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Anorexia – Things to Think About

Anorexia is a serious disorder that needs to be dealt with early on if possible and very carefully if it is a long-term issue. How a person becomes an anorexic is multi-faceted. Sometimes it is due to the pressure society places on women through the unreal skinny models who don the covers of fashion magazines or the rail thin actresses who look like they’ve missed every other meal. Other reasons include just plain malnutrition or over exercise without enough caloric intake. That last one is an issue I had to deal with personally back in the late 1970’s/early 1980’s.

When I ran competitively, I assummed that being thin was the way to get faster. It was also the era of carbohydrate loading and an aversion to protein. The outcome? When I finished the 1979 NYC Marathon, with a broken knee cap, I weighed 129 pounds. Now if I was 5’2″, that might have been acceptable except I am 6 feet tall. I was anorexic but I didn’t know it.

As I look back on my life at that time and saw pictures of myself I was stunned that I didn’t realize how skinny I was. Remembering what my self image was I knew that I was thin, but not that bad. Years later it hit me, anorexics don’t see themselves as being that thin either and the reason may be a lack of potassium. Now, you must be thinking, ‘wow what a stretch’ to claim that potassium is a possible cause of an inability to properly view ones own body shape, but follow me on this line of thinking.

Two main electrolytes are key to the proper functioning of our nervous system and the way we perceive ourselves, sodium and potassium. Humans are quite good at retaining sodium as it wasn’t in many of the foods our ancestors ate and we evolved to retain sodium. That is why salt became such an important commodity in the past. We don’t retain potassium very well as it is in all the foods we eat and therein lies the problem. Someone with anorexia does not eat enough so they do not get an adequate amount of potassium to allow their nervous systems to operate properly. Here is a study that showed a decrease in potassium in people with anorexia.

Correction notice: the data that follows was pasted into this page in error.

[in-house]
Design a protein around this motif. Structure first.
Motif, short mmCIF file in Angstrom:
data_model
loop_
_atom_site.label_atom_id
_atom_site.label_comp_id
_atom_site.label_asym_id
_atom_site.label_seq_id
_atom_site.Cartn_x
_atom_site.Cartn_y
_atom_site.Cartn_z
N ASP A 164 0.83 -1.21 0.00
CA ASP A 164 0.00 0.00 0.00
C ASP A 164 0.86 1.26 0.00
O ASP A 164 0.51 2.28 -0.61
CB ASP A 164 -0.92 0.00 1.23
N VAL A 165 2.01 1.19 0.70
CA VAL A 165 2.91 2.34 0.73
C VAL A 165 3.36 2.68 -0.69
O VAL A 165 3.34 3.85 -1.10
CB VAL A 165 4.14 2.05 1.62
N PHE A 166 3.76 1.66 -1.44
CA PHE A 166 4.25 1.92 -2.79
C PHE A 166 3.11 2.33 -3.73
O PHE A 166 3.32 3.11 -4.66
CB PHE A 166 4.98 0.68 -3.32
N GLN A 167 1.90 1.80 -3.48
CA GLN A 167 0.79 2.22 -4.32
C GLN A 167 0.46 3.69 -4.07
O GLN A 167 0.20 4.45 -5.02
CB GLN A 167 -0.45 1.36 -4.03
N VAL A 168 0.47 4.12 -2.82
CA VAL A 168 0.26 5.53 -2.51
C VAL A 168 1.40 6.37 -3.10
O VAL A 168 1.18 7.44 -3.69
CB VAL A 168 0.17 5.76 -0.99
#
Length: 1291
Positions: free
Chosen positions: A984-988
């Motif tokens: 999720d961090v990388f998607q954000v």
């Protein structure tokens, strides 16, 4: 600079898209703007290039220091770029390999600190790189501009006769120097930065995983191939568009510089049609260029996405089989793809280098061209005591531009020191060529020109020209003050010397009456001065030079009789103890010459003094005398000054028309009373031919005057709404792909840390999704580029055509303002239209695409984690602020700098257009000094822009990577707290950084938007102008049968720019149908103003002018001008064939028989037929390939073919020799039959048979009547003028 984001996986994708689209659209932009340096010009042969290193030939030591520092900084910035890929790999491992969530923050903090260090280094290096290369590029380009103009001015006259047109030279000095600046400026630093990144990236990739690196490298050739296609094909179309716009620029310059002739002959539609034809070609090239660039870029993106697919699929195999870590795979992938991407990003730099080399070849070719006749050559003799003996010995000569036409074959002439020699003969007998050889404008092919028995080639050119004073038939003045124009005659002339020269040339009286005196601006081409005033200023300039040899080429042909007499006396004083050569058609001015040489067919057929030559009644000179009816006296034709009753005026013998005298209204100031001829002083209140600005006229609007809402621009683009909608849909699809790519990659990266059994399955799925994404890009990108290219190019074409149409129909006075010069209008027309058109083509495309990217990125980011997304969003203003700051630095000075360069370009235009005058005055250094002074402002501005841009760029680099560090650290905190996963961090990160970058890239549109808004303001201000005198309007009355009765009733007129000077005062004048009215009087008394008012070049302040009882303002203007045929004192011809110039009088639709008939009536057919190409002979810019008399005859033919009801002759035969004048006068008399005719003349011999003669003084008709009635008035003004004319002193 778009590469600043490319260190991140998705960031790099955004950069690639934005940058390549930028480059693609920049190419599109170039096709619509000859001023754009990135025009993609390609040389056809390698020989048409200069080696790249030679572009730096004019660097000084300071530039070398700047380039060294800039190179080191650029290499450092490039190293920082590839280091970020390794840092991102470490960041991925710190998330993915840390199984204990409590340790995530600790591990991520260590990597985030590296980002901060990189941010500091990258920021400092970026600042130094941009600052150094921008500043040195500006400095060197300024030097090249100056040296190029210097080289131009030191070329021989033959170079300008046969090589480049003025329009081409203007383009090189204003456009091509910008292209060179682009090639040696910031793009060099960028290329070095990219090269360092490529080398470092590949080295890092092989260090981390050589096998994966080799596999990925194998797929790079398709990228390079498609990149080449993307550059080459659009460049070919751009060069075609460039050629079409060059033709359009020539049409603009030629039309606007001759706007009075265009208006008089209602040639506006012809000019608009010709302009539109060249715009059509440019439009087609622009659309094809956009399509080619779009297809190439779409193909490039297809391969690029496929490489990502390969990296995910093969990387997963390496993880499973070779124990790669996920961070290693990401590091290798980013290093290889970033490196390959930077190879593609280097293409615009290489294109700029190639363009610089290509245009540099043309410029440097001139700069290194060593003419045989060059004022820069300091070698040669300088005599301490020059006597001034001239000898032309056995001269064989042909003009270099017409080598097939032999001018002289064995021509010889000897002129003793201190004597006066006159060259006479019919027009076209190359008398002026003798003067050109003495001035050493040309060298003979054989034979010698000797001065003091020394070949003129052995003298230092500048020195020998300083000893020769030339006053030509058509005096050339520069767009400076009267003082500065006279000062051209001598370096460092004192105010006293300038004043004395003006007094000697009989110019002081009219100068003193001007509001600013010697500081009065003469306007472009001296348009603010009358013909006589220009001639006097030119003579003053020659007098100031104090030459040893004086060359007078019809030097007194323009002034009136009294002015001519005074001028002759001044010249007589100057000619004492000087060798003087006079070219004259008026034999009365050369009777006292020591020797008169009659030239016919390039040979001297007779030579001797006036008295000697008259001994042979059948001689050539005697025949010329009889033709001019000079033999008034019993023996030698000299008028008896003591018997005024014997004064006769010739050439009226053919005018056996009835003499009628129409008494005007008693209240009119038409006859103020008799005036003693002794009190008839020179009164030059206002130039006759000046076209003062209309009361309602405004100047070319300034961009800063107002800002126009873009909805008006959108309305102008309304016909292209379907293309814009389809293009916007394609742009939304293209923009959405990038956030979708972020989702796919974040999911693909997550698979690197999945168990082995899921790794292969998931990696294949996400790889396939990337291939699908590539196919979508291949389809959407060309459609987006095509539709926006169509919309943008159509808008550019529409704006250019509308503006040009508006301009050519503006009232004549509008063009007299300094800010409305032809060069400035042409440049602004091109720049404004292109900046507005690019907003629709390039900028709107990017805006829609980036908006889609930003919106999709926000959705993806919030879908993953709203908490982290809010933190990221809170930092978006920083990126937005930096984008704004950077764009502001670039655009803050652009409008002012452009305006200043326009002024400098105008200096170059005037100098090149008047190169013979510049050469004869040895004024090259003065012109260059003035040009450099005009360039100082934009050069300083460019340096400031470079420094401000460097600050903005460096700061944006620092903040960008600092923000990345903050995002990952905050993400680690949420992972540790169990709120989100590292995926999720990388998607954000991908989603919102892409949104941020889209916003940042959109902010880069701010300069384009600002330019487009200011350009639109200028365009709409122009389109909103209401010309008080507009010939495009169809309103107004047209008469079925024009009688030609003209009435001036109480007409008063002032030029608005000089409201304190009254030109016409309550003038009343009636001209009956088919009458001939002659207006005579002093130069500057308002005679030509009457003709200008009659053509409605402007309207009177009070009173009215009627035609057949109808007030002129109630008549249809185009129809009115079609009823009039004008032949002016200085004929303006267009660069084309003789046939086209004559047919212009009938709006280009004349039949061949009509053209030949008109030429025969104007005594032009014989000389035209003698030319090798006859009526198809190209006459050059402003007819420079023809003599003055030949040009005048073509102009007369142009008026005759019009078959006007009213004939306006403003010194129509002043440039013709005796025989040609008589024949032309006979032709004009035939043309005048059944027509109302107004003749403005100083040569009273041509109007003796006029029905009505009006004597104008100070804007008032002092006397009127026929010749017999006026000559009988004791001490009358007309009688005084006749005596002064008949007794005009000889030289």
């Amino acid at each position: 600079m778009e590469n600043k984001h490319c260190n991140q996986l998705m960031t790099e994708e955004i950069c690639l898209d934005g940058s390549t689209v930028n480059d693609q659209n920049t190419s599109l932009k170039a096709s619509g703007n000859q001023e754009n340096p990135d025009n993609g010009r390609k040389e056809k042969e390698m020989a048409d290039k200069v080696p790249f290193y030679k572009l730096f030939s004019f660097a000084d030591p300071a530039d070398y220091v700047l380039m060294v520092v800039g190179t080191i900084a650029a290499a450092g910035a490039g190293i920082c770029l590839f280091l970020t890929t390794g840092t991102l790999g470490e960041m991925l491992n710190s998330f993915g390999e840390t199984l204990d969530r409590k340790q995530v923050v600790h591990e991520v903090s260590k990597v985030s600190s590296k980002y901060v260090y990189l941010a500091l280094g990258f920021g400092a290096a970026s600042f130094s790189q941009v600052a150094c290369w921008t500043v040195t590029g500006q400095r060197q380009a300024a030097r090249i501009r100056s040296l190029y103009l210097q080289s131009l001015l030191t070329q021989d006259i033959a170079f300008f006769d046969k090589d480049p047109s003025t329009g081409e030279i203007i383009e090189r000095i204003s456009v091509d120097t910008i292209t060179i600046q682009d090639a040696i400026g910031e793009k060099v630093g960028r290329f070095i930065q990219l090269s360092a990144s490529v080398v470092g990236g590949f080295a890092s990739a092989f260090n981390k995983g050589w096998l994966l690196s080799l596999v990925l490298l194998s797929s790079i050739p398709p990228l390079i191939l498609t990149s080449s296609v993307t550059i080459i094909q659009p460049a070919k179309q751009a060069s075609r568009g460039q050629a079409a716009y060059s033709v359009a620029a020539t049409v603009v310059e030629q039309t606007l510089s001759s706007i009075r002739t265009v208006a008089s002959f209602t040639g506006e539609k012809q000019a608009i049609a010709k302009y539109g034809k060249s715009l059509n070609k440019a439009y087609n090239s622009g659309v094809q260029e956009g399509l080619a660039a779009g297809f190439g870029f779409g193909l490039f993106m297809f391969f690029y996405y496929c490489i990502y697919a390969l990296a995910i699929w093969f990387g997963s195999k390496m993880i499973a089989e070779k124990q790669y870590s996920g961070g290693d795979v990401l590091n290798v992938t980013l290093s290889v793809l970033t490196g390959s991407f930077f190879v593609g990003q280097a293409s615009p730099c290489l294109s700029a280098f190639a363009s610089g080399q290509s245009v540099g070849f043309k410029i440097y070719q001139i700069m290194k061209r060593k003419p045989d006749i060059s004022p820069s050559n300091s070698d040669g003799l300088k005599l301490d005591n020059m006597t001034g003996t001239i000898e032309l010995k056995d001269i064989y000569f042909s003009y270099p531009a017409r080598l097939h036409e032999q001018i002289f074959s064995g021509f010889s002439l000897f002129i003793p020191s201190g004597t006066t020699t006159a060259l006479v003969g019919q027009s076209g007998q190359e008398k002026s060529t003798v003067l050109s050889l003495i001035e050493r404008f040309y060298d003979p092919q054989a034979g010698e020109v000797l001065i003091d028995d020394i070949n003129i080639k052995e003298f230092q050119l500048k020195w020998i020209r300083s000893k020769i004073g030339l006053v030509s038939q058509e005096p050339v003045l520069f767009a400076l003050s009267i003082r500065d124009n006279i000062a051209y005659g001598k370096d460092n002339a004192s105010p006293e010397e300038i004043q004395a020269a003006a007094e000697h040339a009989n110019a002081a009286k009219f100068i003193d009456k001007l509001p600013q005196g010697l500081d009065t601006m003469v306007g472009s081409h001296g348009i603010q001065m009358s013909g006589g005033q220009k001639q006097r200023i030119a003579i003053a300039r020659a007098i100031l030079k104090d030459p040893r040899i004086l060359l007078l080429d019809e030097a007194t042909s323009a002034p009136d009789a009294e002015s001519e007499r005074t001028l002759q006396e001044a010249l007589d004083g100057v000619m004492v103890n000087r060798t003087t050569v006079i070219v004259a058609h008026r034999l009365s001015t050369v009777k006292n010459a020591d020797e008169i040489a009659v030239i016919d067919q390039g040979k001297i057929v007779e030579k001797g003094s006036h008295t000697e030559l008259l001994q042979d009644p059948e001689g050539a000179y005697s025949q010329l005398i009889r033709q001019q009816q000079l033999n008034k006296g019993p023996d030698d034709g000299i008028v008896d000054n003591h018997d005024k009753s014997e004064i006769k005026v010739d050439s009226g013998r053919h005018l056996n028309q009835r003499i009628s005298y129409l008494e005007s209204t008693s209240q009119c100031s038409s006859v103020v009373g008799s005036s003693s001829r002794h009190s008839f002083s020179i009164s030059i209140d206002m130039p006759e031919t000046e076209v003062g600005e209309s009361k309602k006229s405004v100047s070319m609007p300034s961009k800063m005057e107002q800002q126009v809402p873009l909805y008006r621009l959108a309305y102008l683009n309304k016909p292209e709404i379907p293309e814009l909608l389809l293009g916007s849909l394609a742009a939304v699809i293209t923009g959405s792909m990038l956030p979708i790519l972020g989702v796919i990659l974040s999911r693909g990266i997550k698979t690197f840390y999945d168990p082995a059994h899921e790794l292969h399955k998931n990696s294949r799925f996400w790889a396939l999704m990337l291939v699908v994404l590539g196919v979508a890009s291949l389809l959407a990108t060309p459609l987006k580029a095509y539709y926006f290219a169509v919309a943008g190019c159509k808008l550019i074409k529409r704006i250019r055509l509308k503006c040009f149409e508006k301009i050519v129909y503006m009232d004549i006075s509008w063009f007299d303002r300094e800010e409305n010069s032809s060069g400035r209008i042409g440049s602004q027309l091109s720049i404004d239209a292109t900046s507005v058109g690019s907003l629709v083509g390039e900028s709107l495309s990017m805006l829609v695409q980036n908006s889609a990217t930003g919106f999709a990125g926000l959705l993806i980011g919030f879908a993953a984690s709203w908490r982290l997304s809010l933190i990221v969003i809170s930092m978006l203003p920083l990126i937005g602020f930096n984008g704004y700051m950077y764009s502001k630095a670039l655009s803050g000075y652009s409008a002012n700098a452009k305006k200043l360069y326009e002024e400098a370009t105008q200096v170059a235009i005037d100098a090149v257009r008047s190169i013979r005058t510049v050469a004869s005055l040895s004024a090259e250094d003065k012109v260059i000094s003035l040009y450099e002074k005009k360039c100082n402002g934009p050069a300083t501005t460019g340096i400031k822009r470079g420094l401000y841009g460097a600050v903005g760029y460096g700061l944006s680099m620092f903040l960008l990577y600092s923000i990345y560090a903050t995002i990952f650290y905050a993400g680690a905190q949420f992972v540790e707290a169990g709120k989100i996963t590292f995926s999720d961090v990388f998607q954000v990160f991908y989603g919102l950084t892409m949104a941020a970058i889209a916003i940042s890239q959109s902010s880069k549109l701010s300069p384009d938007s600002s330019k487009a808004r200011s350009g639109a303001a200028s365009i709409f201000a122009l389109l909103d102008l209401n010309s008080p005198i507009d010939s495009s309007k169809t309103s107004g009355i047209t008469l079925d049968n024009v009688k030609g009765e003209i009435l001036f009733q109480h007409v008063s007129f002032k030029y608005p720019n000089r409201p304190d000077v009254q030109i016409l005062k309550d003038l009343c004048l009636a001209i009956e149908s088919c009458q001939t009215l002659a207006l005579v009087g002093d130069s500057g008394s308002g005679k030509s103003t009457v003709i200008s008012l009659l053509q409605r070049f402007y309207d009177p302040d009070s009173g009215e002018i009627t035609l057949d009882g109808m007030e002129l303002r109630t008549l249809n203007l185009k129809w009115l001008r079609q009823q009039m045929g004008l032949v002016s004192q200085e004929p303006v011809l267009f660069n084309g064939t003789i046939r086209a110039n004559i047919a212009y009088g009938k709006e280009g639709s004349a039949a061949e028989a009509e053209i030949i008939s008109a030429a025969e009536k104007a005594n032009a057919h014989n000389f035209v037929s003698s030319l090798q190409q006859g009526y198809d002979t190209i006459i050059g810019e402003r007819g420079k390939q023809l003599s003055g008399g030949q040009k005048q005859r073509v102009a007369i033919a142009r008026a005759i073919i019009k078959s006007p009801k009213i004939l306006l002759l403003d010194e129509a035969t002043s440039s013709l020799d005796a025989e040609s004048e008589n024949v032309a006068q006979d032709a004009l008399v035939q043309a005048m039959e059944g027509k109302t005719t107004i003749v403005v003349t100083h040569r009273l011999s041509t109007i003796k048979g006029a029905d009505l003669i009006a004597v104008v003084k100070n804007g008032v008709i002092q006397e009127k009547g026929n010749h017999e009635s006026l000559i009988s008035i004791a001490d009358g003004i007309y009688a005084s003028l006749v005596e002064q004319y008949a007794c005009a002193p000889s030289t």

Anorexia patients muscles become taught as potassium is necessary for the relaxation of tissue. If you remember back to junior high school and the frog’s leg experiment when you put sodium on the leg, it contracts, if you put potassium on it, it relaxes. But how do you get potassium into someone with anorexia who does not want to eat? One way is to get them to drink no calorie electrolytes. Another is to stimulate their appetite using zinc. A study on zinc supplementation from the journal Eating and Weight Disorders showed that adding zinc to people with anorexia can increase their BMI dramatically. Unfortunately, as stated in the study, it is infrequently used. It should be a standard of care.

Depression is another serious issue that comes with anorexia and something that needs attention as well. Potassium levels below 4.0 mEq/L (found on a standard blood chemistry) always makes me ask whether a person is suffering from depression. So where can we find no calorie electrolytes as most of the ones on the market are filled with sugar or other sweeteners? Here are two sources, one from Charles Poliquin and one from my company, Knowledge Through Solutions. Either one will help add needed potassium to someone with anorexia but should not be considered a cure by any stretch.

Anorexia is a very complex disorder which needs a team to help the individual recover including psychological support. Family and close friends need to support the anorexic as well. Just know that there are ways to help recover people with anorexia.